Zami: A New Spelling of My Name - Audre Lorde
Black, lesbian, feminist Audre Lorde writes what she calls a "biomythography" blending the actual events of her life with literary embellishment. Zami, which is a name for women who work together as friends and lovers, weaves the different events of her lives together into a tale of lesbianism, feminism, racial issues, and the relations we have with each other.
Rubyfruit Jungle - Rita Mae Brown
A semi-autobiographical coming-of-age lesbian story taking place in the 1950's and early 1960's....(more)
Faggots - Larry Kramer
The story of a gay man trying to find love and a long-term relationship amidst a hyper-sexual, post-stonewall, pre-AIDS, drug abusing, New York, gay subculture.
People in Trouble - Sarah Schulman
Set in New York in the late 1980's the story follows three individuals--a woman, her husband, and her lesbian lover--as they navigate a world of AIDS, gentrification, art, self-identity, and guerrilla gay activism.
Two People - David Windham
A story about a love affair between two men. One a middle-aged American, the other a much younger Italian. Published four years before Stonewall, the work was largely forgotten for several decades and was just recently re-printed.
Strange Brother - Blair Niles
Marriage Below Zero - Allan Dale
Imre: A Memorandum - Xavier Mayne
King's Row - Henry Bellaman
Another Country - James Baldwin
Paul's Case - Willa Cather
The Lost Weekend - Charles Jackson
The Fall of Valor - Charles Jackson
Christopher and His Kind - Christopher Isherwood
A memoir of the author's time spent in Berlin (where there was a flourishing gay subculture) during the 1930's until he left with the rise of the Nazis. Isherwood was born and raised in England, but moved to America after leaving Berlin and became a U.S. citizen in 1946.
The Gallery - John Horne Burns
Kiss of the Spider Woman - Manuel Puig
The Men From the Boys - William J. Mann
Angels in America - Tony Kushner
A story of life set in the mid 1980's at the height of the AIDS crisis, this play follows an unlikely cast of characters from diverse backgrounds (gay, jewish, black, Mormon) as they deal with sickness, repressed sexuality, guilt, religion, loneliness, addiction, and fear. In what Kushner describes as a "gay fantasia" the action often deviates from common perception of reality.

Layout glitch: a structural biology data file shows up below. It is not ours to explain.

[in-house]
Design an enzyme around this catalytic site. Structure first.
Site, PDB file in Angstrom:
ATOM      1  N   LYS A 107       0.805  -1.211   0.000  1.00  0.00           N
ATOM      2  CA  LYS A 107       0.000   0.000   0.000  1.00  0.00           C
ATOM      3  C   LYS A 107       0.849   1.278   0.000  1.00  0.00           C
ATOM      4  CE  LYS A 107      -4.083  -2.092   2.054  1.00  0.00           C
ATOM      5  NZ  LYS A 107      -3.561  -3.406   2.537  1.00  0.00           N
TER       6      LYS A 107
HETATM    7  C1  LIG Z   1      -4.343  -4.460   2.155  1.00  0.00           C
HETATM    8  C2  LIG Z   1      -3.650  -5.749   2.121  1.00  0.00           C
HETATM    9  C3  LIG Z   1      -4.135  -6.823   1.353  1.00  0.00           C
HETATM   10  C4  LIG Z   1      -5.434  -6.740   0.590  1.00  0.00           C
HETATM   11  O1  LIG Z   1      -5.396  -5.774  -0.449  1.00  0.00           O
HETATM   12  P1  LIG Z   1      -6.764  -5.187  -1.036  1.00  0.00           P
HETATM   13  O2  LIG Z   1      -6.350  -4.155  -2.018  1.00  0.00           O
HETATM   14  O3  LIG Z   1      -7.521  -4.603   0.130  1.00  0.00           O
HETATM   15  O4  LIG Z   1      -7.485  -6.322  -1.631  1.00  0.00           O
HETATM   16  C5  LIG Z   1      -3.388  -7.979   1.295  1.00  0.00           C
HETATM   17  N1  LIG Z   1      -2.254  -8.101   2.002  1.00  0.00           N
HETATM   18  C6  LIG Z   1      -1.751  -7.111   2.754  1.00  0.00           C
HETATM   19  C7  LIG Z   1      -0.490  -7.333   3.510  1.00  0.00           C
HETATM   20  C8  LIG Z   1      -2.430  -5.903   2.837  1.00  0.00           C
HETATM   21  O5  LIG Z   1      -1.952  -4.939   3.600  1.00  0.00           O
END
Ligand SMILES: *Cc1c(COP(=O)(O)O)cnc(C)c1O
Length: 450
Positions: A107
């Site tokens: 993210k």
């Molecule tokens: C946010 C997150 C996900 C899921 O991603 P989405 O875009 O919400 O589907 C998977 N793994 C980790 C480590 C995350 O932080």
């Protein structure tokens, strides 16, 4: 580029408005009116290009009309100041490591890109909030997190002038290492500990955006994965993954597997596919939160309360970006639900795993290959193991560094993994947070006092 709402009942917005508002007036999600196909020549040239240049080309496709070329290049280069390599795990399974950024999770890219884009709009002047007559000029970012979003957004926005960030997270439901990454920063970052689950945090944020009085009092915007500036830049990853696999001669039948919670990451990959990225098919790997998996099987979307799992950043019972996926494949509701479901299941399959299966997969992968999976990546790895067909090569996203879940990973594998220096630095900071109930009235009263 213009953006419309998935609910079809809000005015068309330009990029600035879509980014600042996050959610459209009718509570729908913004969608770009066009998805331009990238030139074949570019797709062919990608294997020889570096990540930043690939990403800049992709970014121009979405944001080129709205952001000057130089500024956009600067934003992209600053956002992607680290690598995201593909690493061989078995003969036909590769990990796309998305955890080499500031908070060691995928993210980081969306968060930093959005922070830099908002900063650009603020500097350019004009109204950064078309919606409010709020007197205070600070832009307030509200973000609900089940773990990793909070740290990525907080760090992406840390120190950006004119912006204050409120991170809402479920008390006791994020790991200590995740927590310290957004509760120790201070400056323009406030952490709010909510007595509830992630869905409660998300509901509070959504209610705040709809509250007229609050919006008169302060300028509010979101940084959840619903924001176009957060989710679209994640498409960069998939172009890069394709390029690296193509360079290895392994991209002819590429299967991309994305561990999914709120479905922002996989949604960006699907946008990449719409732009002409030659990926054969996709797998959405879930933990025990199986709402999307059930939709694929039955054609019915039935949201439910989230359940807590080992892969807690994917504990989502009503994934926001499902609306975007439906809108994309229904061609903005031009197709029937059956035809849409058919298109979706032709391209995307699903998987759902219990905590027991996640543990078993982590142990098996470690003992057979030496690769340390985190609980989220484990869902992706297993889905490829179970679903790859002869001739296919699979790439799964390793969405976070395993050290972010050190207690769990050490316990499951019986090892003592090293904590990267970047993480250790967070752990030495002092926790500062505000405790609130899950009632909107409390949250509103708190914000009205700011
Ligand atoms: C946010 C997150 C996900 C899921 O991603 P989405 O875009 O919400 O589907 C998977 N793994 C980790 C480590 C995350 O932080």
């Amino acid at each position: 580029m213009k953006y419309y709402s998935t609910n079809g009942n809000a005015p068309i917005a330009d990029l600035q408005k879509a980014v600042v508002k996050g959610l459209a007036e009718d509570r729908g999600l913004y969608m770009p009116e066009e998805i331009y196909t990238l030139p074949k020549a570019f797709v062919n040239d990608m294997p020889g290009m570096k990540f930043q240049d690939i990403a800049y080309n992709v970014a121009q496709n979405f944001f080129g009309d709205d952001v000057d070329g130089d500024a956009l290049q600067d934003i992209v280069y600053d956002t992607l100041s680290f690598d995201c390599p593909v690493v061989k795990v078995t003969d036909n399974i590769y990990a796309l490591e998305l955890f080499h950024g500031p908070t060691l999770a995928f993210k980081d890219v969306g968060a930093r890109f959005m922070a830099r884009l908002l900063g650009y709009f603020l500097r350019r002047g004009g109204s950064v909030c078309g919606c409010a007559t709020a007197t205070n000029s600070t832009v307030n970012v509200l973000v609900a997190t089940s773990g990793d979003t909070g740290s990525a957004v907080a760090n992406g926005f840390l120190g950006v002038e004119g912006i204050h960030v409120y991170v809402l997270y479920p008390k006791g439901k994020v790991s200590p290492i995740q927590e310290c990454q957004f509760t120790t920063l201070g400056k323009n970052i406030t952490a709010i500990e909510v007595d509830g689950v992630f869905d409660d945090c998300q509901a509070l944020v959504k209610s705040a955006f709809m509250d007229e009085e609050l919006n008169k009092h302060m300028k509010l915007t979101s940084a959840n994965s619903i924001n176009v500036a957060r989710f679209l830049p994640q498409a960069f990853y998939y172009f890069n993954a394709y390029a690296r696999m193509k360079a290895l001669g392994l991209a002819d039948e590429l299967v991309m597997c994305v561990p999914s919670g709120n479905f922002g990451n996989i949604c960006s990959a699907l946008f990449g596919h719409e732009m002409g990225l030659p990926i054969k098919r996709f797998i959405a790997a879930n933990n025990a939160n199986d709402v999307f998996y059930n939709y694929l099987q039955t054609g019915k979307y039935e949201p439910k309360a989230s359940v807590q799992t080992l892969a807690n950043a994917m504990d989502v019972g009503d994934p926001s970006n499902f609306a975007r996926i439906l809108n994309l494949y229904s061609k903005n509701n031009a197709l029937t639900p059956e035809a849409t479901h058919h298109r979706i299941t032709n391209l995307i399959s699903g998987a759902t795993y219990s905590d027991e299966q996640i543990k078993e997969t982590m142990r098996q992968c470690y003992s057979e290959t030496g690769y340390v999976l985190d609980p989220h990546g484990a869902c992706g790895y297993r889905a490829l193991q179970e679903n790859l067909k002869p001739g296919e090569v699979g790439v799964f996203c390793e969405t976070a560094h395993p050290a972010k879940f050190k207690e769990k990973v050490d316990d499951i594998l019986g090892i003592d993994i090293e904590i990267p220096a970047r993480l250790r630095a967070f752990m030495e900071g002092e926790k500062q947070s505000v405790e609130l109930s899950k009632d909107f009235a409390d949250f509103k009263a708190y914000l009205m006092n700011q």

The Normal Heart - Larry Kramer
Written in the mid-80's by a gay activist at the forefront of AIDS activism in a time when very little was known about the disease, this semi-autobiographical play deals with the lack of government response to a pandemic in which people were dying from a disease they didn't understand. Amidst such horror, the play manages to be a story of love, hope, and fighting to survive.
A Single Man - Christopher Isherwood
Howl - Allen Ginsberg
Bertram Cope's Year - Henry Blake Fuller
Published in 1919, it was one of the first positive portrayals of a homosexual couple in American literature. In order for such a story to be published, the homosexuality of the characters had to be disguised to the point that it is never explicitely stated and one must very much "read between the lines" to understand what is actually going on. This however becomes a fun sort of game of figuring out what the story is about. Aditionally, this period piece of romances provides and interesting look into how an author must censor himself in order to escape being censored entirely.
The City and the Pillar - Gore Vidal
The first American novel to portray a young homosexual man openly and in a positive light. It centers around ____ who, after high school, journey's around the world and and explore's the homosexual subcultures of America, all the while longing after his high school friend ____ with whom he had one brief sexual encounter with (when).
Giovanni's Room - James Baldwin
The Laramie Project
Tectonic Theatre Project's docu-drama about the residents of Laramie, Wyoming processing the hate-based murder of Matthew Shepherd that took place in their own town.
I Am My Own Wife
Maurice - E.M. Forster
Written in 1913, but not published due to censorship until 1971, Maurice is a love story in which the upper middle-class title character explores his sexuality from private school, to University, to the working world. It is an interesting look at homosexuality in a time when it was starting to get discussed slightly more openly but when it was still a crime in Great Britain where the book takes place.